In response to Trainor's question whether the defendant could have pointed the gun at his wife, the defendant said, "Yeah, I guess I did." In response to the question of whether he could have been pointing the gun at her head when it went off, the defendant said, "I guess I was but I don't remember."

Dr. Donald Clark, a forensic pathologist, testified that Elaine Hulsing died as a result of a contact-type small caliber gunshot wound with the entrance into the back of the head and the bullet lodging in the front of her head.

At the conclusion of the evidence, the trial court ruled: "The Court cannot find sufficient evidence of deliberation to bind it over on first-degree murder. The Court finds very clearly that this is a second-degree murder case and the Court will bind it over as to murder in the second degree."

Subsequently, in a written order, the court concluded that:

1. The central issue in the preliminary hearing is whether or not there was *388 deliberation by the Defendant before the Victim was shot.

2. There is no evidence, considering all permissible inferences in the light most favorable to the people, that the Defendant ever formed the intent to kill his wife. This intent must be shown by some evidence to sustain a charge of First Degree Murder. II.

The only issue we are called upon to resolve is whether the trial court abused its discretion in failing to find probable cause on the charge of first-degree murder. Well established principles guide our review of the trial court's order. A preliminary hearing is a screening device used to determine whether probable cause exists to support charges that an accused person committed a particular crime. To meet the standard of probable cause, there must be evidence sufficient to induce a person of ordinary prudence and caution to form a reasonable belief that the defendant committed the crime charged. People v. Stewart, 739 P.2d 854 (Colo.1987). The evidence must be viewed in the light most favorable to the prosecution, and all inferences must be resolved in favor of the prosecution. People v. Pedrie, 727 P.2d 859 (Colo.1986). The prosecution is not required to present evidence sufficient to support a conviction. People v. Williams, 628 P.2d 1011 (Colo.1981). Intent to commit the offense may be inferred from the defendant's conduct and the circumstances of the case. Miller v. District Court, 641 P.2d 966 (Colo.1982).

First-degree murder is a specific intent crime. The prosecution must establish not only that the defendant intended to cause the death of another person, but that he acted after deliberation. § 18-3-102(1)(a), 8B C.R.S. (1986).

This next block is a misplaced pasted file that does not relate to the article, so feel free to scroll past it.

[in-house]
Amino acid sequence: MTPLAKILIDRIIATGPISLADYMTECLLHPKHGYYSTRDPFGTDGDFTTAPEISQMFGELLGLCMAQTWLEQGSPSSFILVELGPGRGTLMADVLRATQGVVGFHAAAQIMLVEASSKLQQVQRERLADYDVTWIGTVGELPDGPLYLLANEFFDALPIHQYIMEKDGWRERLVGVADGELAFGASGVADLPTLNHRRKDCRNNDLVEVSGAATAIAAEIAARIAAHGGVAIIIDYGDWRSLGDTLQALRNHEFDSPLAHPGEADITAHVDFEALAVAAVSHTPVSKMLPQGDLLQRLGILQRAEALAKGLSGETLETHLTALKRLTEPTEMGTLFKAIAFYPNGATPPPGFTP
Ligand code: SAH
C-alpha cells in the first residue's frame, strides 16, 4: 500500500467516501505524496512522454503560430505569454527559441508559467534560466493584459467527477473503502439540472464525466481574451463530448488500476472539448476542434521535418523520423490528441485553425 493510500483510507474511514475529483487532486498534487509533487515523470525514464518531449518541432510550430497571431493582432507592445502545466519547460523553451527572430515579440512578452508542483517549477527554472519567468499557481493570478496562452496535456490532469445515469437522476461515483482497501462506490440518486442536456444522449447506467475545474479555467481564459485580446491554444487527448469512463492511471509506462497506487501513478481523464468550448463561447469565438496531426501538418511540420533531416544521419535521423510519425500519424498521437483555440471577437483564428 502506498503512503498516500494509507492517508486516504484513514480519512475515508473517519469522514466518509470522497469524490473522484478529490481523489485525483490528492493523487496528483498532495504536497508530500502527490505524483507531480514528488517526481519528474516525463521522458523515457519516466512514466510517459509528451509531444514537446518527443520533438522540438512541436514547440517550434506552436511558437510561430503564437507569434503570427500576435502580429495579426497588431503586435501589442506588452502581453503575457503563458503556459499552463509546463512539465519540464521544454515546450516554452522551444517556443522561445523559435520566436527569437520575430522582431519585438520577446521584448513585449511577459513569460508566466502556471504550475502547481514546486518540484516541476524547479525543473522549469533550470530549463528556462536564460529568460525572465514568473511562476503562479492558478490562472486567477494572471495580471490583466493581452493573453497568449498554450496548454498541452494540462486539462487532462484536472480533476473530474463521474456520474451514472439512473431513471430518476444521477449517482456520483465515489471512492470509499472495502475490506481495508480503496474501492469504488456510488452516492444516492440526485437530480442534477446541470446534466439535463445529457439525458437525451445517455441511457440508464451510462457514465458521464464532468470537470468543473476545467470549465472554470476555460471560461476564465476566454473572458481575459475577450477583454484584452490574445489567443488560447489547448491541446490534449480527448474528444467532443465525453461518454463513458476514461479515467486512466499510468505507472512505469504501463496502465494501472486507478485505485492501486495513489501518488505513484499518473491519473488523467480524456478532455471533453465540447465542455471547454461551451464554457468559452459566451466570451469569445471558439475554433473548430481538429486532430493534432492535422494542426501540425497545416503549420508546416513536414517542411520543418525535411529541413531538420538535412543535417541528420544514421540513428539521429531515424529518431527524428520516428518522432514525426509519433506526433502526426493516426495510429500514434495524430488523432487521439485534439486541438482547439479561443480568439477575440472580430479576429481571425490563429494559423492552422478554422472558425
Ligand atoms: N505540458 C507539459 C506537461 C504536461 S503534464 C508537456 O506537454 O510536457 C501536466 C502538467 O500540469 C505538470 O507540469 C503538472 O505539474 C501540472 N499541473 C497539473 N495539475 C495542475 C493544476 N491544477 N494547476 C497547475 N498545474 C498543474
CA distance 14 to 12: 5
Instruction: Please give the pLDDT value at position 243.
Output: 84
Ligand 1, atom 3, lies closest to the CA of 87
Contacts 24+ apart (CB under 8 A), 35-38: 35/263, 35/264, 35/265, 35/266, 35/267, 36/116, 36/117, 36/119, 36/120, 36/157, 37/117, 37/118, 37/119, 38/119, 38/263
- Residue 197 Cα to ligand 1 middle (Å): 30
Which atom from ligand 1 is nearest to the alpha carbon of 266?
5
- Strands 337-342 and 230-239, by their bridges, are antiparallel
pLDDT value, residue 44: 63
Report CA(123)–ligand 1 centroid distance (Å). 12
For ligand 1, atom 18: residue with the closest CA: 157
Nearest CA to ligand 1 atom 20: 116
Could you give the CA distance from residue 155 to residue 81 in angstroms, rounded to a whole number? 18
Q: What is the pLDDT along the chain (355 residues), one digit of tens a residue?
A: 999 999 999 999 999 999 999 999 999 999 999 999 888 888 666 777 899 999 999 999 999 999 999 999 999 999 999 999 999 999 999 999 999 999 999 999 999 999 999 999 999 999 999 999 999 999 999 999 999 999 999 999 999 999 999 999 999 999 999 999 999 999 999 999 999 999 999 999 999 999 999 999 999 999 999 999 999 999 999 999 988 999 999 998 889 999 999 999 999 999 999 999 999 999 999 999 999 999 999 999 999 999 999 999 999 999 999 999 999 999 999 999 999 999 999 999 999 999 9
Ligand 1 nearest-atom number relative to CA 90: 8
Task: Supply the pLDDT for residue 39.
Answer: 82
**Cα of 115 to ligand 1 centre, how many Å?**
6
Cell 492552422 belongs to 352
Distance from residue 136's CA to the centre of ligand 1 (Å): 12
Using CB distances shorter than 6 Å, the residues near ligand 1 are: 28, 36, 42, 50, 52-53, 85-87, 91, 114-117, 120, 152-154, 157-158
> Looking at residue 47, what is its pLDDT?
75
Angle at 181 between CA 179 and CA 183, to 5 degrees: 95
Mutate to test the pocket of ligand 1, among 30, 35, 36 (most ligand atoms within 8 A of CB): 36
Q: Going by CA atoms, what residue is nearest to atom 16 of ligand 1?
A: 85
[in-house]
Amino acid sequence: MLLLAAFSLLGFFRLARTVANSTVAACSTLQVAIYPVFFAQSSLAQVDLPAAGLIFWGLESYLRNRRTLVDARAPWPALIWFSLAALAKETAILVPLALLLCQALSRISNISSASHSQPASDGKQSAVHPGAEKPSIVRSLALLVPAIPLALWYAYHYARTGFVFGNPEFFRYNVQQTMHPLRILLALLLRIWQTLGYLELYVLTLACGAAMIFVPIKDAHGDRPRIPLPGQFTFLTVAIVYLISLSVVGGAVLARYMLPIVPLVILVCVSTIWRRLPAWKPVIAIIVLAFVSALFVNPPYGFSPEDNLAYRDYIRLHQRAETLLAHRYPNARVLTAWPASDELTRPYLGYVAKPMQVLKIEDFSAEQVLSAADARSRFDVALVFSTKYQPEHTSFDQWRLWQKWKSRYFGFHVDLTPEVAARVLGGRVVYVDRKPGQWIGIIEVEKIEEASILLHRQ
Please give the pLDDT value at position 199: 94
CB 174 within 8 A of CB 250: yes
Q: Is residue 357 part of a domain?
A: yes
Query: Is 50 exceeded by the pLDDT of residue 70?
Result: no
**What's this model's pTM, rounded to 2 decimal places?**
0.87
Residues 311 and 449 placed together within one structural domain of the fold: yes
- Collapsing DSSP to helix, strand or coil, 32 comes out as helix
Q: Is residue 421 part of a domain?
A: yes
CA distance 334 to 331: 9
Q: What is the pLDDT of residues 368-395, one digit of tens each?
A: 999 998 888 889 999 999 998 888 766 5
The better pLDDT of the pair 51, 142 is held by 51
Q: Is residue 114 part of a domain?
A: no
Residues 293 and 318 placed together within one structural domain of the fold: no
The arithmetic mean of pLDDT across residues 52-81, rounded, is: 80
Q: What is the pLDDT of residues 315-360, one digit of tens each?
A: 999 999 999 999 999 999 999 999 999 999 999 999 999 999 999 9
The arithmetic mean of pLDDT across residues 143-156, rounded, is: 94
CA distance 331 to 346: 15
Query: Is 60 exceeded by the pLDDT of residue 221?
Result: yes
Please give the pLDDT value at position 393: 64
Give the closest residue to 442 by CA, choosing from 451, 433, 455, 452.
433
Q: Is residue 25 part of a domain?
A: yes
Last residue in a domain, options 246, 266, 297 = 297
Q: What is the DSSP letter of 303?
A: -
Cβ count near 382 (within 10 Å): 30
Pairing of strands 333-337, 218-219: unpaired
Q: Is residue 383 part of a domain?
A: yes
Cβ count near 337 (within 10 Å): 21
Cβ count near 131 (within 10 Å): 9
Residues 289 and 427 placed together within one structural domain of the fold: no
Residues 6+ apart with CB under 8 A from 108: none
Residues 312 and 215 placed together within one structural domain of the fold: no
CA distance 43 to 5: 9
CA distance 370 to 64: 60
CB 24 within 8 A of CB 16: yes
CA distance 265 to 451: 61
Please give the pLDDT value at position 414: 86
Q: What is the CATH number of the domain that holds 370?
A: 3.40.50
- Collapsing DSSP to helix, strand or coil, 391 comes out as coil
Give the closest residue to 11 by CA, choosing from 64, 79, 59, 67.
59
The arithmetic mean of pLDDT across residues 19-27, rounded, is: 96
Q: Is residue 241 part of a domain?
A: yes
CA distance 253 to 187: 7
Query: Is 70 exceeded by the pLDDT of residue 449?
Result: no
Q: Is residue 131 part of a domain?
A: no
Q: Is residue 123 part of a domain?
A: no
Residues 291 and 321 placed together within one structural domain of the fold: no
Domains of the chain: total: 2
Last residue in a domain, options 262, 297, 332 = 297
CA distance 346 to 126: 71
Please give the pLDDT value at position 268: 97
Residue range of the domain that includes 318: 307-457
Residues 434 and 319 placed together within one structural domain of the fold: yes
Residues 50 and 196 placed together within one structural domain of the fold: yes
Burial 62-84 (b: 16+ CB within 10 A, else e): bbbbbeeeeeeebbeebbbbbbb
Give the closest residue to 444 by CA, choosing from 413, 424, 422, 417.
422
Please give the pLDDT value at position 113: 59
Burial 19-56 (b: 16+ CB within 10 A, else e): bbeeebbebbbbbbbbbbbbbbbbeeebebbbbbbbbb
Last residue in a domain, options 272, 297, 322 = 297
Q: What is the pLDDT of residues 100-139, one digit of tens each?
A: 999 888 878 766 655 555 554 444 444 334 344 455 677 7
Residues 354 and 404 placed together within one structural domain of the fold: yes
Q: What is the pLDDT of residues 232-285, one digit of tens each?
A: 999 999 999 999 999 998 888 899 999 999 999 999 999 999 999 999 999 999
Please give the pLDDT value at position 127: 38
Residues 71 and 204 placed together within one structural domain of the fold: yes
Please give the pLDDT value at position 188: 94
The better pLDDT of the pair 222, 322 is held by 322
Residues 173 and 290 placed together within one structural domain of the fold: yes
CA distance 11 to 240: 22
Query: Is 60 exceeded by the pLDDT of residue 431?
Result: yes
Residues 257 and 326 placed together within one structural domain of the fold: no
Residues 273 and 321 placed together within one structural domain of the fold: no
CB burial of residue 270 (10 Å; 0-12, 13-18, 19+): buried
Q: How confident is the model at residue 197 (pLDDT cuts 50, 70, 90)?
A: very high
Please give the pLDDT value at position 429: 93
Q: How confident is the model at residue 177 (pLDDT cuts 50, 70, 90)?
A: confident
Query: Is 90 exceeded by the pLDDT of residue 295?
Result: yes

A person acts "intentionally" or "with intent" when his conscious objective is to cause the specific result proscribed by the statute defining the offense. § 18-1-501(5), 8B C.R.S. (1986). The term "after deliberation" means "not only intentionally but also that the decision to commit the act has been made after the exercise of reflection and judgment concerning the act. An act committed after deliberation is never one which has been committed in a hasty or impulsive manner." § 18-3-101(3), 8B C.R.S. (1986). See People v. Bartowsheski, 661 P.2d 235, 242 (Colo.1983) ("[W]hile deliberation requires that a design to kill precede the killing, the length of time required for deliberation need not be long.... What is required for the element of deliberation is that the decision to kill be made after the exercise of reflection and judgment concerning the act.").

The critical inquiry in this case is whether the evidence, when viewed in the light most favorable to the prosecution, is sufficient to induce a person of ordinary prudence and caution to a reasonable belief that the defendant acted intentionally, after the exercise of reflection and judgment.

The element of deliberation, like intent, can rarely be proven other than through circumstantial or indirect evidence. People v. Madson, 638 P.2d 18 (Colo.1981). Such evidence may include the use of a deadly weapon, the manner in which it was used, and the existence of hostility or jealousy between the accused and the victim. Id. at 26. The uncontradicted testimony at the preliminary hearing established that the defendant argued with his wife, threatened to kill her, was compared to a former boyfriend, was told to leave the house, disabled the telephone, pointed a loaded gun at his wife at least three times, and fired the gun at close range into the back of his wife's skull.

The evidence regarding defendant's state of mind need not be direct. The fact finder may infer an intent to cause the natural and probable consequences of unlawful voluntary acts. At a preliminary hearing, the court is required to draw all inferences in favor of the prosecution. The circumstances surrounding the victim's death permit the reasonable inference that the defendant had adequate time for the exercise of reflection and judgment concerning the fatal act, and intended its outcome. The only evidence that the shooting was not deliberate and with intent to *389 cause the death of another was the defendant's statements of remorse and excuse made to the police after the event. However, as we said in People v. Holder, 658 P.2d 870, 872 (Colo.1983),

it is not for the trial judge at a preliminary hearing to accept the defendant's version of the facts over the legitimate inferences that can be drawn from the People's evidence. Judging the merits of a case is, as we have repeatedly held, for the trier of facts at trial.

We conclude that the district court erred in holding that there was not probable cause for the charge of first-degree murder. Accordingly, the rule is made absolute, and the cause is remanded to the district court with directions to reinstate the information charging the defendant with first-degree murder.


[1] A person commits the crime of murder in the first degree if:

(a) After deliberation and with the intent to cause the death of a person other than himself, he causes the death of that person or of another person.